Insomniac Magazine Vol 7, Issue 23 (2003)_550x682

Whether it’s been his classic radio appearances, legendary clashes with arch nemesis Craig G, or how he incorporates the crowd into his stage show, Supernatural has more than left his mark on the hiphop world. Following a dream to move the crowd, Supernat left Indiana in the early 80’s to live with cousins in Long Island. In the years to come his affinity for unscripted verses would lead to recognition as one of the most talented freestyle MCs on the planet. For many of us that would be enough, but for Nat it’s only the beginning.

“I haven’t even reached my highest point yet, “claims Supernat. “I’m striving for that everyday, [and] everyday I get closer.”

He takes another step towards that plateau with the release of the “Lost Freestyle Files” LP series off of Babygrande Records. “The Lost Files” showcases some of Nat’s finest moments, including his debuts on both the Wake Up Show and Stretch and Bobbito. While those performances are impressive, the highlights of the LP come when he goes head to head with one of his rivals, such as the recent clash with fellow freestyle alum and frequent Wake Up Show guest Juice.

“They [Sway and Tek of The Wake Up Show] called me one day and asked if I would battle Juice,” Nat remembers. “They said people on their show had been talking it up and saying they would like to see me and Juice battle and that’s where it started from. Before the battle I had only heard Juice on a mixtape that was floating around.”

Nat accepted the challenge, setting the stage for one of the most hyped events in the past few years. Being a veteran of these contests he knew preparation was the key to victory. Nat searched for any strengths or weaknesses that could help him, researching his foe and picking up whatever music Juice had released. On top of that he practiced a little verbal shadowboxing in an effort to stay sharp.

“As far as preparation I rhymed everyday as if I was battling him,” Nat revealed. I didn’t sit down and write rhymes about Juice or anything like that, [but] I knew what I was gonna do when I got there and I knew how to try to hold my ground and not be humiliated and not let the crowd take you out of your element. It’s a lot of shit going on onstage that people take for granted. You’re putting not only your career, but [also] your manhood on the line and allowing another man to humiliate you. And if it gets to the point where he is getting the best of you what do you do? So you have to be prepared, to a certain extent, to win or lose.”

Fortunately there was no confusion about the victor, as all nine judges awarded Supernat every round and a check for $5000. Not bad for one night’s work, but don’t expect Nat to be battling anytime soon.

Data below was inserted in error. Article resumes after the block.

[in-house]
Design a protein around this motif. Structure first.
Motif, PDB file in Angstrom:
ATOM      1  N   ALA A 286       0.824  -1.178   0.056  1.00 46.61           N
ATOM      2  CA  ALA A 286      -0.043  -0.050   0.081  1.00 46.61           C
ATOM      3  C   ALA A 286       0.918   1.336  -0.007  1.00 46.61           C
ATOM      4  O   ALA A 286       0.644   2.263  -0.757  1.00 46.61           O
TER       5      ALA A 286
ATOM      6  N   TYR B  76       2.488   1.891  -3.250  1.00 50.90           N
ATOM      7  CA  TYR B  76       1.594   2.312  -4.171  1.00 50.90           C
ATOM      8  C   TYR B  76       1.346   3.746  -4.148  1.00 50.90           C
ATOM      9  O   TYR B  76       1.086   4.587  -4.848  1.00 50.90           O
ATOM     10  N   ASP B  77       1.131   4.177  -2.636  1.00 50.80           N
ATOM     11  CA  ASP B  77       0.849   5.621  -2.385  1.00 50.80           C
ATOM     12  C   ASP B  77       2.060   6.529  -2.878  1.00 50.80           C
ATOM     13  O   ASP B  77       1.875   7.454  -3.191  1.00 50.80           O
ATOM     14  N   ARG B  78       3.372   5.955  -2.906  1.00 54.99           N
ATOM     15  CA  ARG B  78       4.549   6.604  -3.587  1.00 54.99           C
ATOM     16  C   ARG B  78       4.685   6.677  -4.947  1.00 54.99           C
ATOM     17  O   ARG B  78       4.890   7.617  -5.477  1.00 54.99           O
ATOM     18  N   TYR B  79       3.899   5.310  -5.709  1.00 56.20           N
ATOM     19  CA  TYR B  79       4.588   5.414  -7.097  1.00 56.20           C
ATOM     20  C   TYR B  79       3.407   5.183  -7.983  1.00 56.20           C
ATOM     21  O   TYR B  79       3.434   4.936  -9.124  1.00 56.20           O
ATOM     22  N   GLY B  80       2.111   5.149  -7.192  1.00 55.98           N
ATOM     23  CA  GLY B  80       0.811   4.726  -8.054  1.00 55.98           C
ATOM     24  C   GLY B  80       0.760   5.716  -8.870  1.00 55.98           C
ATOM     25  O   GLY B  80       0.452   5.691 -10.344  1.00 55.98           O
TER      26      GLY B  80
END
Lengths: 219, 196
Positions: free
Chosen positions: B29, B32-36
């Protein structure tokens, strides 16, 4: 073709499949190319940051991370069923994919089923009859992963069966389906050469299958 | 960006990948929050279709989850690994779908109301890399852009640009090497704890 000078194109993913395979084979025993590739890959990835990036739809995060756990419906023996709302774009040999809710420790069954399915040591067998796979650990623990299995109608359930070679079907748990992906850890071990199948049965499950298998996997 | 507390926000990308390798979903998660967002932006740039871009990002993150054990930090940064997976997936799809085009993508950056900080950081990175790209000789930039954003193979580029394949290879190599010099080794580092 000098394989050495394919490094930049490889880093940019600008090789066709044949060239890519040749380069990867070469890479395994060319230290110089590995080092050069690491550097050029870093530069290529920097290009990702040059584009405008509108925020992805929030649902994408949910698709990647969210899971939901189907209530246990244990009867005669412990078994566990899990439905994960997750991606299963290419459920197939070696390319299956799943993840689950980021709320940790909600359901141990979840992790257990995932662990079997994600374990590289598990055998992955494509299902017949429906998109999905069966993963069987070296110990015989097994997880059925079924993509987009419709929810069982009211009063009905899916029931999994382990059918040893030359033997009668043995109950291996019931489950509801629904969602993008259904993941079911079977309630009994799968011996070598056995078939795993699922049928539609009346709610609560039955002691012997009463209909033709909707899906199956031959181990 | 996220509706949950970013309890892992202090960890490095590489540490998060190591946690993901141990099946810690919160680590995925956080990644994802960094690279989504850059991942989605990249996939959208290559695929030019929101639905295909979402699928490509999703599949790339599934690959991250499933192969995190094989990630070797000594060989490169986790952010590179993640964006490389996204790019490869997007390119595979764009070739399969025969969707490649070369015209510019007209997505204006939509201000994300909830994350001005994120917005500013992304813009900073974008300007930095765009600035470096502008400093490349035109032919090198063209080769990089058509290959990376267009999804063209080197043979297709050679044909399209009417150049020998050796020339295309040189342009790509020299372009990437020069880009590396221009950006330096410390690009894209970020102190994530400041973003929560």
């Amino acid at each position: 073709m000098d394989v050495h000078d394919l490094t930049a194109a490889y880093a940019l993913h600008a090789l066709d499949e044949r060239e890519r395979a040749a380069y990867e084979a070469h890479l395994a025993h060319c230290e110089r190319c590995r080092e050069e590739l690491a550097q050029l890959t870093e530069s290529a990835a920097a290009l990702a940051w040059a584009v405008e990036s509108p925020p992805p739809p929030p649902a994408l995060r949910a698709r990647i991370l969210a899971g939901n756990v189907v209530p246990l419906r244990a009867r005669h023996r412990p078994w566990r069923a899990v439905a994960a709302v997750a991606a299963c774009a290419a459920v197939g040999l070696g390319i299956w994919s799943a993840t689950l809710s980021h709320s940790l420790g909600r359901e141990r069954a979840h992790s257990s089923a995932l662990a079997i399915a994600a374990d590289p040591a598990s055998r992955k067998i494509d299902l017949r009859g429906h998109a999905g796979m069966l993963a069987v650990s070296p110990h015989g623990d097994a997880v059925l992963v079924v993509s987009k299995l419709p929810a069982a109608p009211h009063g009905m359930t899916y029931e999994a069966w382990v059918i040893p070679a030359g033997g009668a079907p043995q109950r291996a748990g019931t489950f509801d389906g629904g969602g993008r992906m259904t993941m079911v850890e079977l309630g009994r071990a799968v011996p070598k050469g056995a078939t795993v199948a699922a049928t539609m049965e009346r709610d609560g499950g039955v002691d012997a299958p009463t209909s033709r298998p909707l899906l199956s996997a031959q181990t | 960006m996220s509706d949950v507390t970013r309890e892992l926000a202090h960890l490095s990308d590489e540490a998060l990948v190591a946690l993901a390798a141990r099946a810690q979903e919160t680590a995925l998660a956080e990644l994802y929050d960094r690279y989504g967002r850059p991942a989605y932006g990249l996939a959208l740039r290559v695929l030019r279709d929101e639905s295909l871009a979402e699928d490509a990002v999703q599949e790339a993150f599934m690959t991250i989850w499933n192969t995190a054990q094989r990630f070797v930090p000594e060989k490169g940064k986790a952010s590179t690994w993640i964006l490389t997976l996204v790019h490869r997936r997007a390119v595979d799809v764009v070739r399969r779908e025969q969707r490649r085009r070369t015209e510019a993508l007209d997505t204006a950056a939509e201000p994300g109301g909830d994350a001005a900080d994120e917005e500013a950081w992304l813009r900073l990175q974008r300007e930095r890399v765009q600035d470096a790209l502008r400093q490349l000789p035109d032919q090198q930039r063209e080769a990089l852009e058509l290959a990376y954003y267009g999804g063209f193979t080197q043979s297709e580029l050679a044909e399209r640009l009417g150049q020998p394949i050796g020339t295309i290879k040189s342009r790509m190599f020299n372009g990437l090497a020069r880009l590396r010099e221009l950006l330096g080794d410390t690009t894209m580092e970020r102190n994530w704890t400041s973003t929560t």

“What else can I get out of it besides being able to walk around and say I served that cat?” expressed Nat. “At the same time I use it to defend myself too. I ain’t nobody’s punk. You come up and try to shit on me on the mic then of course I’m gonna be forced to do what I gotta do. [But] at this point right now I want to make music, that’s my whole focus.”

That focus is evident on “The Lost Freestyle Files” as half of the LP contains new solo tracks and collaborations with some of the underground’s finest emcees. The LP actually acts as a segue between the freestyle focused portion of his career and the concentrated effort on his part to be successful releasing records.

“The first three albums I did most of the songs are off the dome,” Nat divulged. “I could easily go into the studio and do a freestyle album, I’m just trying to give people a clean body of work so they can finally say he can color in between the lines. I’m so unorthodox with what I do people get it confused and say all he can do is freestyle. I enjoy making songs too, I’m not just a freestyle artist.”

Aside from the “Lost Freestyle Files” series and the yet untitled album dropping next year, Nat is keeping busy. Midway Games has enlisted his services as the announcer on the upcoming video game “NBA Ballers,” premiering in mid 2003. He is also currently co-designing Pro Keds for a signature series of throwback sneakers, and this summer he’s donating his time to work with a youth group in Long Island conducting workshops on the fundamentals of emceeing and freestyle. So much for being one-dimensional.

Pick up the “Lost Freestyle Files” in stores now.

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